Equally, Shell in cooperation with the government had soldier kill members of Ogoni land to stamp their authorities in the mining fields. The author notes that environmental laws were weak placing the mandate of environment protection on the hands of the Minster of Nigeria. This continued until 2007 when the environmental standards and body was established. Afterwards, Nigeria established health and oil spill law and environmental impact assessment laws. Even with these developments, the pollution and other malpractices continued in the Niger Delta. This is due to total disregard to the law of oil mining companies and lack of enforcement as well.

Further, human rights laws were developed to protect people from abusive actions of the state and not MNCs. In the world, it is only the United States of America that has a law governing against MNCs. The Alien Tort Act allows convictions against MNCs though they are greatly affected by jurisdictions. Other laws such as the United Nations norms of Multinational Corporations are grossly ineffective.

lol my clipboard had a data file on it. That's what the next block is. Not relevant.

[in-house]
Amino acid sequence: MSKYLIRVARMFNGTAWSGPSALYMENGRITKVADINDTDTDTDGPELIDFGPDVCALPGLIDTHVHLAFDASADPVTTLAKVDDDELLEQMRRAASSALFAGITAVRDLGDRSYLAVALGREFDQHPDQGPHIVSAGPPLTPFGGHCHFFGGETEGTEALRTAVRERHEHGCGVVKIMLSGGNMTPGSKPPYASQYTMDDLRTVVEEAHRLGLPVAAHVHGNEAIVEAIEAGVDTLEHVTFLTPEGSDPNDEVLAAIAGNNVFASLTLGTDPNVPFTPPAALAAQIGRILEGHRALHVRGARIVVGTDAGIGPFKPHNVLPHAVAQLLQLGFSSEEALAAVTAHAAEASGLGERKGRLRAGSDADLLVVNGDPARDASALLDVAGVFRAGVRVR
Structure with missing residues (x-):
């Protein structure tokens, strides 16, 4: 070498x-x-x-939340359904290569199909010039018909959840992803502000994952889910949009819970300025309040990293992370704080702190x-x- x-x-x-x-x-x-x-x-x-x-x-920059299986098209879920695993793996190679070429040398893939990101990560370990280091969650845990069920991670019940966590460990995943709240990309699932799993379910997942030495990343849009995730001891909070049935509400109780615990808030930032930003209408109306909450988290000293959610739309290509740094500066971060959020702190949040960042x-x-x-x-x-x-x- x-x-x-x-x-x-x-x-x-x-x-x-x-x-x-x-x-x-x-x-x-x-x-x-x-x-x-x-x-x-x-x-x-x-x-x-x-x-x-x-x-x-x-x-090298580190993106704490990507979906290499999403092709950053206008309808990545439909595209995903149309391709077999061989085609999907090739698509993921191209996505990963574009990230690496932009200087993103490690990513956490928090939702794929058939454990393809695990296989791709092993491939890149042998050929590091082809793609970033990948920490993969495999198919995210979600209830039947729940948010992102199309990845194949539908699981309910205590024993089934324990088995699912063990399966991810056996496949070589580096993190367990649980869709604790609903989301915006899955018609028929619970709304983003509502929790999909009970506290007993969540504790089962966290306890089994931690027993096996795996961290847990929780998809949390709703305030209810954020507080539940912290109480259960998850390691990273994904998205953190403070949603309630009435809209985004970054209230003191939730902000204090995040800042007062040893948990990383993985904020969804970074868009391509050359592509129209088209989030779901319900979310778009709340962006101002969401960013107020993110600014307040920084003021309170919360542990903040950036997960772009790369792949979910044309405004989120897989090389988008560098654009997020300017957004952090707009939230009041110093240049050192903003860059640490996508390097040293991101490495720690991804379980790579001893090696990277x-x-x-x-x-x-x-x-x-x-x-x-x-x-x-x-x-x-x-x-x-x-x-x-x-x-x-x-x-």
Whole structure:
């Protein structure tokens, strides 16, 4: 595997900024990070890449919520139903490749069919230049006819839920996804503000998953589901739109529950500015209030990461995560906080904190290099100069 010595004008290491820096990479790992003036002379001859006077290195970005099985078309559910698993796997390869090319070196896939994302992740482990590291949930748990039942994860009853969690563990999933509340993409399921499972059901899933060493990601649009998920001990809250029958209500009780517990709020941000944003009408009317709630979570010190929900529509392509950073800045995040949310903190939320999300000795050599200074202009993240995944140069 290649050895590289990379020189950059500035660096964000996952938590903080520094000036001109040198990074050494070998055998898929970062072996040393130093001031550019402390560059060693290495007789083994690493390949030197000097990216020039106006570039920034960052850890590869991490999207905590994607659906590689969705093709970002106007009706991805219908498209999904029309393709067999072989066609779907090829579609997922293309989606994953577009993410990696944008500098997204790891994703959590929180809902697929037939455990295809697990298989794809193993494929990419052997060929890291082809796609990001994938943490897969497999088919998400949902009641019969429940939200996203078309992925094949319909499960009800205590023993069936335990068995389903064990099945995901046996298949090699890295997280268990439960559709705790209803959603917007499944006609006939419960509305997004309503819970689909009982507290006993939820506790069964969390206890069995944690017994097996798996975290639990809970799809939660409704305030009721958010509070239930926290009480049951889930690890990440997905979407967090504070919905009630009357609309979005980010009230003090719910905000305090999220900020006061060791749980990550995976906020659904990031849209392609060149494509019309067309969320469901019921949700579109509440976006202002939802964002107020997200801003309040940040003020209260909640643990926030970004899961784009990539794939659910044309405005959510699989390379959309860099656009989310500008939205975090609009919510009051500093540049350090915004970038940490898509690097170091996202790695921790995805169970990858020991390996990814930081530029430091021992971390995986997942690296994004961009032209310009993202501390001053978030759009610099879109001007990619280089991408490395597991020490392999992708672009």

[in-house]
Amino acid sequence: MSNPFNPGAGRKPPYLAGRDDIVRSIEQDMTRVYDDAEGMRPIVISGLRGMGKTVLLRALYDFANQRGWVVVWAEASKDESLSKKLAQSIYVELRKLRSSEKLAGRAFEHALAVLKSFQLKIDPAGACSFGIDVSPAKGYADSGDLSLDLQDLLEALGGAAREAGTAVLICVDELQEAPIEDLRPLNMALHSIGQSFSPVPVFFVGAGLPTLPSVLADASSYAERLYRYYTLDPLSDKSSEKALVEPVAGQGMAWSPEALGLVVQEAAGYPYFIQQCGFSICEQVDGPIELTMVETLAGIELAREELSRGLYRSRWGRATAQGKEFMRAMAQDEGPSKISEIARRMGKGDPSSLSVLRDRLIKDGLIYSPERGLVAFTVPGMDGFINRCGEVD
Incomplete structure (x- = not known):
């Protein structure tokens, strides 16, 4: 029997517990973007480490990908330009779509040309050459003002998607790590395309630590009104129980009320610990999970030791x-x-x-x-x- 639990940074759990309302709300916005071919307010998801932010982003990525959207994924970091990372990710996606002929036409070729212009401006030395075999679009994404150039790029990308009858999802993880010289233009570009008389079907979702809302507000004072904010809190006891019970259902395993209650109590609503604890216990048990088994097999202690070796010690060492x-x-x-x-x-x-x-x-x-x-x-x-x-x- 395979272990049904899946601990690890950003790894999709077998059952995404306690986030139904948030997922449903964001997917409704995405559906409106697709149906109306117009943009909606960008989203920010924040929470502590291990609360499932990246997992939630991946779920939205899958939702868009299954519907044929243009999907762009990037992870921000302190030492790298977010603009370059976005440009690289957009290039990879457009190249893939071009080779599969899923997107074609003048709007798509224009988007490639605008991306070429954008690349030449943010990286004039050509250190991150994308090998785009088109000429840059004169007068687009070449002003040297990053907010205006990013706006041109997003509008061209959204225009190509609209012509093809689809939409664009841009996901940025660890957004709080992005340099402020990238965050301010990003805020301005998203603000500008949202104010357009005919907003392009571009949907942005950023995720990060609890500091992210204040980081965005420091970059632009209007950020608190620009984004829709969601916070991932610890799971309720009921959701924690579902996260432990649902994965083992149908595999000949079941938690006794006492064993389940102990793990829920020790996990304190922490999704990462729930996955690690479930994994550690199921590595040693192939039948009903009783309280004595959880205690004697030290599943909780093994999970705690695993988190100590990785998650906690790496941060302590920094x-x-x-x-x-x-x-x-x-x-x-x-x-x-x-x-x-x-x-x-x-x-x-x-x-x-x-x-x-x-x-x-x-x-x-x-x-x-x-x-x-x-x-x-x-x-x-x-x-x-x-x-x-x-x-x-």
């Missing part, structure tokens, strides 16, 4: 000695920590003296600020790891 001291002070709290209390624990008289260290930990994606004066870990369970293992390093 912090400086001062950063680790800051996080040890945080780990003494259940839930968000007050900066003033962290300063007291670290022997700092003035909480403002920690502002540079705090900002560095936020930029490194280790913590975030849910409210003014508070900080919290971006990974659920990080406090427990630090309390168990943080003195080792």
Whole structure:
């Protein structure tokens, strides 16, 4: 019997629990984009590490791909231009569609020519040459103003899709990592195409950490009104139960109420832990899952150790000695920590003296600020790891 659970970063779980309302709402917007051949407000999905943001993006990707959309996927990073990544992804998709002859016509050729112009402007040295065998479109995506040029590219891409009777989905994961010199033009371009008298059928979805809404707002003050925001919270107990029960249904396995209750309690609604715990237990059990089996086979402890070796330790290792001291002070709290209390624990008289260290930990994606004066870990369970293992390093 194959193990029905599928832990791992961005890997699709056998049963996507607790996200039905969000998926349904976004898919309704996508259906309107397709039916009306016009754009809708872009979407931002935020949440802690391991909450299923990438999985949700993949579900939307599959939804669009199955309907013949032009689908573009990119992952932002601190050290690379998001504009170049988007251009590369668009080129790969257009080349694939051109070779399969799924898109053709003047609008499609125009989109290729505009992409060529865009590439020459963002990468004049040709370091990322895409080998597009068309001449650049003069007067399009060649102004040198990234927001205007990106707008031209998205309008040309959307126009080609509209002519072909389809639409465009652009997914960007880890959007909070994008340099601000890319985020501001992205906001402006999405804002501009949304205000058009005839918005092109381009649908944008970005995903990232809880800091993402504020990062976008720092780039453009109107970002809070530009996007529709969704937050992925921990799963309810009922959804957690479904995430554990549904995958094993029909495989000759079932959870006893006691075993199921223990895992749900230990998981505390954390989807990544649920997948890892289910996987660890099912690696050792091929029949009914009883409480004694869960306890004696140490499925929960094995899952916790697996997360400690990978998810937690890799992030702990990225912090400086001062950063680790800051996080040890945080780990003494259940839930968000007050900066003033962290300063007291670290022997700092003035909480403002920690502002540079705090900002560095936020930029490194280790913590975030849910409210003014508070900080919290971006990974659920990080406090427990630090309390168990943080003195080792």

Another economic malpractice is evasion of taxes by MNCs. MNCs can also evade taxes in both host and parent countries by establishing base in Tax Haven countries. These countries have lessened grip on tax regulation providing loopholes for MNCs to capitalise their gains. In the tax evasion strategy, the companies choose not to repatriate some profits in the context of reinvestment and so forth. For instance, Microsoft chose to reinvest $92.9 billion that was part of its profits in 2004. In some cases, the companies just hold on their profits until parent economies announce tax holidays after which a decision is made to repatriate the profits.

The tax collecting units of hosting are, therefore, unable to recover the monies and are legally challenged since tax is charged on declared profits. At the same time, certain countries such as Hong Kong and the Bahamas offer private banking services for wealthy individuals that are legal for persons unable to reach high banking service in host nations. The accounts have a publicly known upper limit. However, values transacted are enormous and dubious so that there are chances of tax evasion. The operation framework of the act fuels shell companies that benefit the banking sectors and registrars of companies in developing and developed countries. The motive is aimed to reduce MNCs profits through un-rendered and difficult to prove services.